Siesta Key

By staff December 1, 2004

On laid-back Siesta Key, residents pedal to their destinations on weathered Raleigh bicycles, tourists exclaim over the crystal white sand that stretches from Turtle Beach at one end to Crescent on the other, and everyone gathers to take in tropical sunsets.

The hub of this island is the Village, a collection of restaurants, nightclubs, and shops, including the Beach Bazaar, where you can buy everything you need for the beach and Florida-themed souvenirs of every sort. Other shops range from Foxy Lady, with an outstanding collection of contemporary fashions, to specialty clothing, jewelry and surf shops. You can find deli sandwiches, fresh meats and a surprisingly good wine selection at the Siesta Market, and the lines at Big Olaf Creamery often extend out the door. There's also an open-air laundromat.

The Daiquiri Deck is a favorite place to cool off with a frozen concoction after hours in the sun, and the upstairs bar bulges with beautiful young people on nights and weekends. The food is typical Florida fare, and drinks are two-for-one at happy hour.

The Beach Club is a hot spot at night, where sunburned tourists and longtime locals relax to the pulse of Latin, rock and blues bands, but it also offers family-friendly dining. The Old Salty Dog recently added a bar where sports fans lap up the beer specials with their grouper specials and clam chowder.

The Siesta Key Oyster Bar (S.K.O.B.-pronounced "scob" by locals who want to save their breath) draws crowds to its open deck and nightly entertainment, which includes an often raucous amateur night. You can also find pizza and other Italian fare in the Village, great sandwiches at Anna's Deli and wonderful breakfasts at The Broken Egg.

Many of the bars, shops and restaurants have been remodeled in recent years, and the area behind the Village is sprucing up, too. Single-story residences are giving way to multi-tiered vacation condominiums. If you're looking for a great photo op that doesn't include a sunset, check out King Neptune at the Beachpoint Resort on Beach Road.

One place clinging to its grunge roots is the tiny Crescent Club, located away from the Village just south of the Stickney Point bridge and said to be the inspiration for the bar swept away by a killer hurricane in John D. MacDonald's novel, Condominium. The atmosphere is worth any respiratory damage you might incur.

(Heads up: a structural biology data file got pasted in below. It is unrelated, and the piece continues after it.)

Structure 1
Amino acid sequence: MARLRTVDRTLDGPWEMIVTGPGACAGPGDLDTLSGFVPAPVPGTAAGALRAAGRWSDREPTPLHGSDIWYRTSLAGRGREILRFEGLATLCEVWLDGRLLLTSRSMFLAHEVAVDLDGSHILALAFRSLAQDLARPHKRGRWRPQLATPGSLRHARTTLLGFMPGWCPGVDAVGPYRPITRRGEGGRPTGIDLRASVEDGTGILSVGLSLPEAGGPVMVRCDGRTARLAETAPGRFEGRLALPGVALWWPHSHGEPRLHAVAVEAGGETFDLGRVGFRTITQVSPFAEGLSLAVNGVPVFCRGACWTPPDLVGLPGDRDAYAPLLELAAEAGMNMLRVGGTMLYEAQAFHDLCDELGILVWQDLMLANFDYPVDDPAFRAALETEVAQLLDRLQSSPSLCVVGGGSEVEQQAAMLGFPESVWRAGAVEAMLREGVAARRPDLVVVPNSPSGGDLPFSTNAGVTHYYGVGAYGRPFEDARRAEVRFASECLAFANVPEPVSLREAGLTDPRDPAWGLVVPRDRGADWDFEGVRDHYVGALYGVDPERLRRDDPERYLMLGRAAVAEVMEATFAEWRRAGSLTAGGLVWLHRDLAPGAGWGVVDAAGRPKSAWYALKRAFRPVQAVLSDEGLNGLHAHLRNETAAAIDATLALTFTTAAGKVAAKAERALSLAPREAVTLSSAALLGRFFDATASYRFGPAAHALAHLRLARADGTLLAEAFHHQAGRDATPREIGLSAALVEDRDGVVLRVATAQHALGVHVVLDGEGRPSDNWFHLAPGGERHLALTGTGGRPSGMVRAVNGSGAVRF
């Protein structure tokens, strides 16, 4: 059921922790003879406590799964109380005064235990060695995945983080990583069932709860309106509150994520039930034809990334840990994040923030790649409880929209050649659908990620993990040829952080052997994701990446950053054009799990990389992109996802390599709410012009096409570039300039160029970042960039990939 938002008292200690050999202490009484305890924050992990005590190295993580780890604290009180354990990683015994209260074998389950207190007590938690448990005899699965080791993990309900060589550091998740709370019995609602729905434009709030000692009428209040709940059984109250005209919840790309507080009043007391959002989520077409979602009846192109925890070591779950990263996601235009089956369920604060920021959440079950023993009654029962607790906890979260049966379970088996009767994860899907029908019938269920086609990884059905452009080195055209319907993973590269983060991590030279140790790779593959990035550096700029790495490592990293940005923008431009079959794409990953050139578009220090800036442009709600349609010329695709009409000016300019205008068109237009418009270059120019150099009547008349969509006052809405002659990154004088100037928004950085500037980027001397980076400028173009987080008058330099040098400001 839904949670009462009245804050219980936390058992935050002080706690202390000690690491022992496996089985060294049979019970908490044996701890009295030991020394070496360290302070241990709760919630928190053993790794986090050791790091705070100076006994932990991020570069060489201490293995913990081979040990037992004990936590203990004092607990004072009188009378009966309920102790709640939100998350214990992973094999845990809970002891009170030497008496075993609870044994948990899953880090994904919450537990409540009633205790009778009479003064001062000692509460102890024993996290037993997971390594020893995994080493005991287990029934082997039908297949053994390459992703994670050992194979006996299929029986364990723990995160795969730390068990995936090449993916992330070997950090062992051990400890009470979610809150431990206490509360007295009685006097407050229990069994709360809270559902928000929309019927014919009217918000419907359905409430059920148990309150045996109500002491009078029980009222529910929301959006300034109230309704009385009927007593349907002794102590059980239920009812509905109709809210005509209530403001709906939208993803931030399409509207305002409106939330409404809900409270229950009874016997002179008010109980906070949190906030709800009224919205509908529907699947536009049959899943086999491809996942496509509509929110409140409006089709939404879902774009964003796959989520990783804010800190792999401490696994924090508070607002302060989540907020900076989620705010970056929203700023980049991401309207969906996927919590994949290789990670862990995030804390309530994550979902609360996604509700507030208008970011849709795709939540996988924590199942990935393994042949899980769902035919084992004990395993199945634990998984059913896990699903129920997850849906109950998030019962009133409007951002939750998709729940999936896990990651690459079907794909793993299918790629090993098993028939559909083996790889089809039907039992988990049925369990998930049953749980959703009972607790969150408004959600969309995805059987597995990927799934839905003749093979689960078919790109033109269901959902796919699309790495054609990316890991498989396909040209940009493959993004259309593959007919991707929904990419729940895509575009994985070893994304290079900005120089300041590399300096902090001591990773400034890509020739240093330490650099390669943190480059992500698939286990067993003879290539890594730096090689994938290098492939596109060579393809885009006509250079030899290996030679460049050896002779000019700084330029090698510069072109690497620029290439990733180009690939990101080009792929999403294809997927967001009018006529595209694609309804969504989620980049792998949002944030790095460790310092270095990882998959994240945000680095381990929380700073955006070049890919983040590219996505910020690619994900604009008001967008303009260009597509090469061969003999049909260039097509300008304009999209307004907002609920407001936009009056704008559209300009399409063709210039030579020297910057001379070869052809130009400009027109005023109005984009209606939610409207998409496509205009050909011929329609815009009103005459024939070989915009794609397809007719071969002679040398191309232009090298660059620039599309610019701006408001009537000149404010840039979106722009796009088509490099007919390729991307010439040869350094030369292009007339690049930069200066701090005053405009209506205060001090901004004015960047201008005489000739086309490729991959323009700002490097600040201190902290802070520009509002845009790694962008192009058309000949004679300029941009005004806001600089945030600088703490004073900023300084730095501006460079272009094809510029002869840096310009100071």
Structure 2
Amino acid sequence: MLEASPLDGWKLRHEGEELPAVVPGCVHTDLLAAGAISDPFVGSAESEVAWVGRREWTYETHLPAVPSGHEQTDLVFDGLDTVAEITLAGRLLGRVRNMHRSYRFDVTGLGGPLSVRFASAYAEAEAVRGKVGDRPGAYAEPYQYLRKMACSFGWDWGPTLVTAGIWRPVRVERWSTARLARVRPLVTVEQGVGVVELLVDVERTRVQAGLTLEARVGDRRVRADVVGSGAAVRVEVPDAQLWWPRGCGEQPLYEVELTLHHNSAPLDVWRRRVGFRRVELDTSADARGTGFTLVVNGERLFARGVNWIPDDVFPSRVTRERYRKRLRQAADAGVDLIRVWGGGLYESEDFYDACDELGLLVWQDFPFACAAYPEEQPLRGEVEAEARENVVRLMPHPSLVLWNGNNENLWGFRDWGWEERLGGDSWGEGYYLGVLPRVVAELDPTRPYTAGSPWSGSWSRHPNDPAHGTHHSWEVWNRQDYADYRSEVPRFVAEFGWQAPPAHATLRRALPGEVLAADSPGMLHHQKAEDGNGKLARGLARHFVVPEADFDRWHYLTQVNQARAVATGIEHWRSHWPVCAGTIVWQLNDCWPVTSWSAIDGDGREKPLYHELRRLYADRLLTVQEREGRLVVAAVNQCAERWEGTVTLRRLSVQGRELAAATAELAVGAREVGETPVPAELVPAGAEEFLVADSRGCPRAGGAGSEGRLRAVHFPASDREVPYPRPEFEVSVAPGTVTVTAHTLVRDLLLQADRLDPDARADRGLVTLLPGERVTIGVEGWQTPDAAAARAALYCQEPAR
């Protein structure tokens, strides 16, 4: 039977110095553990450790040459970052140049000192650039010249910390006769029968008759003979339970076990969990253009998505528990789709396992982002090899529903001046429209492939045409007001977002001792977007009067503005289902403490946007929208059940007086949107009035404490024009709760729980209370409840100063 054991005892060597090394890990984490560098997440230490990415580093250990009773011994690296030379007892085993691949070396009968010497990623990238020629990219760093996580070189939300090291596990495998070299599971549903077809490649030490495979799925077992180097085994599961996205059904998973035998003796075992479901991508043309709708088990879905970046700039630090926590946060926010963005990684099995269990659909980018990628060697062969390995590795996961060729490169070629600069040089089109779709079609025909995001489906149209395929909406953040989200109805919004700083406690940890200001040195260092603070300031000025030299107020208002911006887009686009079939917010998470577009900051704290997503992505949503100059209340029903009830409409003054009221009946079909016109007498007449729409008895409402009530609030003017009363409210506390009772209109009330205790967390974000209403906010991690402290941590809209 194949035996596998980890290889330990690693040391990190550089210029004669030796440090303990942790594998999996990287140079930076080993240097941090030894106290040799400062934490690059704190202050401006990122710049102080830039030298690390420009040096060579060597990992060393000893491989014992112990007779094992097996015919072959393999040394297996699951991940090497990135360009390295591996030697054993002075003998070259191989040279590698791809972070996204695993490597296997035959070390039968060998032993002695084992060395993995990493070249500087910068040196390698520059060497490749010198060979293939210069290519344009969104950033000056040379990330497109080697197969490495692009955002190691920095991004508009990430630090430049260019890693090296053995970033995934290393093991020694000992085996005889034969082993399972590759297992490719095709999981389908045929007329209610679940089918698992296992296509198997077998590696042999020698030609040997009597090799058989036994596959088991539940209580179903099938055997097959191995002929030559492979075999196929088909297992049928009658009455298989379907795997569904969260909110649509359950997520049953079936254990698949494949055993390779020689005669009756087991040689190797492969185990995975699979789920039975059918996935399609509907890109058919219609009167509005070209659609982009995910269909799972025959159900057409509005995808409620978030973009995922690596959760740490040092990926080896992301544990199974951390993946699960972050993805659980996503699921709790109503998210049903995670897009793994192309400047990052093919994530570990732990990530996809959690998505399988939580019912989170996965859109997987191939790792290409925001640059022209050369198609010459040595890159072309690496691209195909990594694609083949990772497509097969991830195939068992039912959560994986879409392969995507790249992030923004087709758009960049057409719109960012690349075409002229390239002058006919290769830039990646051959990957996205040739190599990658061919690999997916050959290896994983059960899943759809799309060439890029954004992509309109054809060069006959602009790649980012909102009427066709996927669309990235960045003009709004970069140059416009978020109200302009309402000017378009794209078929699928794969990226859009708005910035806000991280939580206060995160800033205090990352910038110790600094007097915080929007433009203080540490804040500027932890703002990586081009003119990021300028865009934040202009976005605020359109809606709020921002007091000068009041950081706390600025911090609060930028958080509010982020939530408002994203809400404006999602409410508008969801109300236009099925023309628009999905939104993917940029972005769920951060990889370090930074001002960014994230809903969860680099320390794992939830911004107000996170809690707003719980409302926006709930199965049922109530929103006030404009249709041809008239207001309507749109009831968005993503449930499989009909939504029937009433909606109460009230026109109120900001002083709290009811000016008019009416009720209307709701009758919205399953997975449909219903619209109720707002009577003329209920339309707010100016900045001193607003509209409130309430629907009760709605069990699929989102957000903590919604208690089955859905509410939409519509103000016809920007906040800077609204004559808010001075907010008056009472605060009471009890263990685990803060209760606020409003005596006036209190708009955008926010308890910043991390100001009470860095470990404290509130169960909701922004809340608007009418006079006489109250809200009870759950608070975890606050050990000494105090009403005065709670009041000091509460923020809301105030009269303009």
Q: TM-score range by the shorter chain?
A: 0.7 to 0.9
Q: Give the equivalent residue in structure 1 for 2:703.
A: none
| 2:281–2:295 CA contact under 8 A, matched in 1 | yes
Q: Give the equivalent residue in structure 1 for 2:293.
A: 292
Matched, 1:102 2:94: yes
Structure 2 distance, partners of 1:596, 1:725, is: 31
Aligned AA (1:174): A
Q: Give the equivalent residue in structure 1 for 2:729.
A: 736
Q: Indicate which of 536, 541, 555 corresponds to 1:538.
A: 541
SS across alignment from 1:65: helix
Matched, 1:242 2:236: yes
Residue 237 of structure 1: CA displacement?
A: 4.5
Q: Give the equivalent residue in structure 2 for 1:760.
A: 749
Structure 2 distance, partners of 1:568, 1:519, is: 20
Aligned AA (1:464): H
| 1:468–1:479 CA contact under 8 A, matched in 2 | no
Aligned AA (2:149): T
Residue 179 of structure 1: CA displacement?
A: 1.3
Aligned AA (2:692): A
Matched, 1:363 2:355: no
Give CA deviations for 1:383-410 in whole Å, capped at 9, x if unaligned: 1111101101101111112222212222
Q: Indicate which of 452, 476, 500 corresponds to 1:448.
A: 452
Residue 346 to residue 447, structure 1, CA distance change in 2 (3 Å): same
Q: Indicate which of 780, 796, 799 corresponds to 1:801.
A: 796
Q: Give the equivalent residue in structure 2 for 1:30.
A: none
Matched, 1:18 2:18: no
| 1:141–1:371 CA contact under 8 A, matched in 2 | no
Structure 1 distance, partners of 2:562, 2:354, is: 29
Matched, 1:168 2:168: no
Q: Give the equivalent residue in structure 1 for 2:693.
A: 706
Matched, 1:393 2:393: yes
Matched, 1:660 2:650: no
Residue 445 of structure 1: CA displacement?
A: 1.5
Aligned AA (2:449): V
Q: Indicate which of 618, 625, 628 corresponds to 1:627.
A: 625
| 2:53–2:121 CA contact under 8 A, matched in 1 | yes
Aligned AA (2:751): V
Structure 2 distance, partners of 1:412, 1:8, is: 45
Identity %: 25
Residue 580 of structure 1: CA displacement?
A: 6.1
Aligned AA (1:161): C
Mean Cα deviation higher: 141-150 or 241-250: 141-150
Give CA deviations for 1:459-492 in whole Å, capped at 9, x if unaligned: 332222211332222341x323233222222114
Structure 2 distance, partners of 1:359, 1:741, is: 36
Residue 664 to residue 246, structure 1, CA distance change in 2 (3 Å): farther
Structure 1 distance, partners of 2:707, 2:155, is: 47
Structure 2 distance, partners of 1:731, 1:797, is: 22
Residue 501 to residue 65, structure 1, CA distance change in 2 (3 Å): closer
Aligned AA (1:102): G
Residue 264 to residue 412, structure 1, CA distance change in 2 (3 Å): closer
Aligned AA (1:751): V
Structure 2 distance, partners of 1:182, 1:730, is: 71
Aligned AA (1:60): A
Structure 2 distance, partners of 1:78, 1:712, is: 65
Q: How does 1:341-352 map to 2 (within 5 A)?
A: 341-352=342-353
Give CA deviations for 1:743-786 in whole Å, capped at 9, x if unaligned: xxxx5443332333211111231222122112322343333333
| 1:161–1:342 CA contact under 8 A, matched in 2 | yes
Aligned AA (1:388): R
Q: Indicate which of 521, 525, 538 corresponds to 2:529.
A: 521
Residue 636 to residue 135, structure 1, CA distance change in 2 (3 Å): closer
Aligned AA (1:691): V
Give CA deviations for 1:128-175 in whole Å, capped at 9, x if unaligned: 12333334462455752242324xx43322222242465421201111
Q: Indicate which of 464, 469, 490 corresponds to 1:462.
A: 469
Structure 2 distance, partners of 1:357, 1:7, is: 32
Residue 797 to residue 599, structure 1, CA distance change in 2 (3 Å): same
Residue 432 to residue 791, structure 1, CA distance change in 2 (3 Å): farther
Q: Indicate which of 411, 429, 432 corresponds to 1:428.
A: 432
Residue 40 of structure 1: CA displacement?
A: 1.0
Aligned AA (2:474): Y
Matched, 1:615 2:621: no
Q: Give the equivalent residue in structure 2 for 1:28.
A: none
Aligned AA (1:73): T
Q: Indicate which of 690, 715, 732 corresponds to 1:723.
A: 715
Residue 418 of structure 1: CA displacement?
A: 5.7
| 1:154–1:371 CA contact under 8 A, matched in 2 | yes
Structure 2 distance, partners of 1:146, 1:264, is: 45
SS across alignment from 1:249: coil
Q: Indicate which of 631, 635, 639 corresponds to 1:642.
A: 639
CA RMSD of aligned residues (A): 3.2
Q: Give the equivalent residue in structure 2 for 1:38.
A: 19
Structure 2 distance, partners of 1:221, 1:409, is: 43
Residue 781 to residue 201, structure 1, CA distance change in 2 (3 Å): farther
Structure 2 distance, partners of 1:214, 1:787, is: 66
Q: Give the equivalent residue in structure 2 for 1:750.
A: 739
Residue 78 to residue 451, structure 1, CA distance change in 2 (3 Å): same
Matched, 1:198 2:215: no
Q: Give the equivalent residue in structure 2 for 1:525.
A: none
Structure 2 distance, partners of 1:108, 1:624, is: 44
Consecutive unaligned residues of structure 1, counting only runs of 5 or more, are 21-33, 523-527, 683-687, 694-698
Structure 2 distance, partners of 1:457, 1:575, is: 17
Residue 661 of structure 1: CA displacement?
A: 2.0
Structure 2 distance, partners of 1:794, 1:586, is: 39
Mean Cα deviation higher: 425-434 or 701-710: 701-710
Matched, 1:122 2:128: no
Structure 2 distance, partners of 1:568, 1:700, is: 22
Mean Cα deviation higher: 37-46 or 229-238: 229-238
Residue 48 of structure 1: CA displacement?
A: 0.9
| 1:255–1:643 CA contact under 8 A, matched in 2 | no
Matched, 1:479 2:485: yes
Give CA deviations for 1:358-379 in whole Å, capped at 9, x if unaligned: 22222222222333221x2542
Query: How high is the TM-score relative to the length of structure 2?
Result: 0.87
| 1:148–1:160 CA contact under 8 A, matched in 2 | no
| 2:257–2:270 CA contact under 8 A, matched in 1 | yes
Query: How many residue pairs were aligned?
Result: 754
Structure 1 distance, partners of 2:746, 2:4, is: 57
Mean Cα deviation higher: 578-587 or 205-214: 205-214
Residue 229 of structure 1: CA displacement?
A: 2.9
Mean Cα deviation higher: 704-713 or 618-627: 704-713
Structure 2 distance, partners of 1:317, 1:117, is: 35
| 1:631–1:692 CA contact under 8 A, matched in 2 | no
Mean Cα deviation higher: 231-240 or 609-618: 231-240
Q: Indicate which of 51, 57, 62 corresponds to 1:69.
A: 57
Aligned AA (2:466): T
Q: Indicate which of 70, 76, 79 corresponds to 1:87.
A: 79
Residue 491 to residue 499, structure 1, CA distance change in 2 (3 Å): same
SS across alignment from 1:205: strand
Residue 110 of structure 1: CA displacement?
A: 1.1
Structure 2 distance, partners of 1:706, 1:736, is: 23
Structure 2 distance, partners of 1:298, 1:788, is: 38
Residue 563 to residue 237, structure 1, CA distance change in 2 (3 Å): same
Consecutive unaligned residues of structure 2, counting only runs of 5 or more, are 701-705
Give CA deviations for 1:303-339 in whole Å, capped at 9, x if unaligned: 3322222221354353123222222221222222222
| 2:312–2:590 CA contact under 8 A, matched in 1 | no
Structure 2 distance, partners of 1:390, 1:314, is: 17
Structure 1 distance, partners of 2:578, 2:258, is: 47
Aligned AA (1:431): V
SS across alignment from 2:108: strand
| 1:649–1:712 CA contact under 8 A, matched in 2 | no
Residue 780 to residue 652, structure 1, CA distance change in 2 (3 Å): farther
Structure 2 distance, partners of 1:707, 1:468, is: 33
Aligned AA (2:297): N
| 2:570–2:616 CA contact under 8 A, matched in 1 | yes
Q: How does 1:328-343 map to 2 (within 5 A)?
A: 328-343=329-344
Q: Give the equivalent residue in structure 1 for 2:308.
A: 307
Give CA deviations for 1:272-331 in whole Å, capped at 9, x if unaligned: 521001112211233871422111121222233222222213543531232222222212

Besides, you can always refresh your lungs with the clean, salt air on the beaches. The most popular is Siesta Key Public Beach (with free tennis courts and shaded picnic tables), where parking can sometimes be a challenge. Seasonal visitors seem content to boil in the parking lot, but locals seldom waste valuable tan time creeping back and forth through the congested aisles. Some bike from the public lot behind the Siesta Market in the Village, while others take advantage of the lot at St. Boniface Episcopal Church. At 5615 Midnight Pass Road, St. Boniface is a short stroll to Fire Station 13 at the corner of Midnight Pass and Beach Road. Just to the left of the building, a nature path provides access to the beach. The church generously allows beach parking daily and on Sunday after regular services. All they ask is a minimal donation.

Of course, Siesta Key has more to offer than hot sand and cool beverages. Take time to explore the island's canopy-covered single- lane roads that wind through laid-back neighborhoods of year-round residents, or rent a canoe or kayak and paddle around the mangrove islands in Little Sarasota Bay.

At CB's Saltwater Outfitters (just off the Stickney Point bridge) you can charter a boat for the day or grab fresh bait to fish. Half the building is devoted to clothing, but make no mistake, this is a serious bait shop, where the staff knows who's catching what where, and what they're catching it on. They're happy to share, so stop in on your way on or off the Key.-Pat Haire 


#1 North Shell Road

#2 Avenida Messina

#3 Columbus Boulevard

#4 Avenida Navarra

#5 Ocean Boulevard

#6 Tenacity Lane

#7 Calle de la Siesta

#8 Plaza de las Palmas 1

#9 Plaza de las Palmas 2

#10 Calle del Invierno

#11 Avenida del Mare

#12 Stickney Point

#13 Point of Rocks

Filed under
Show Comments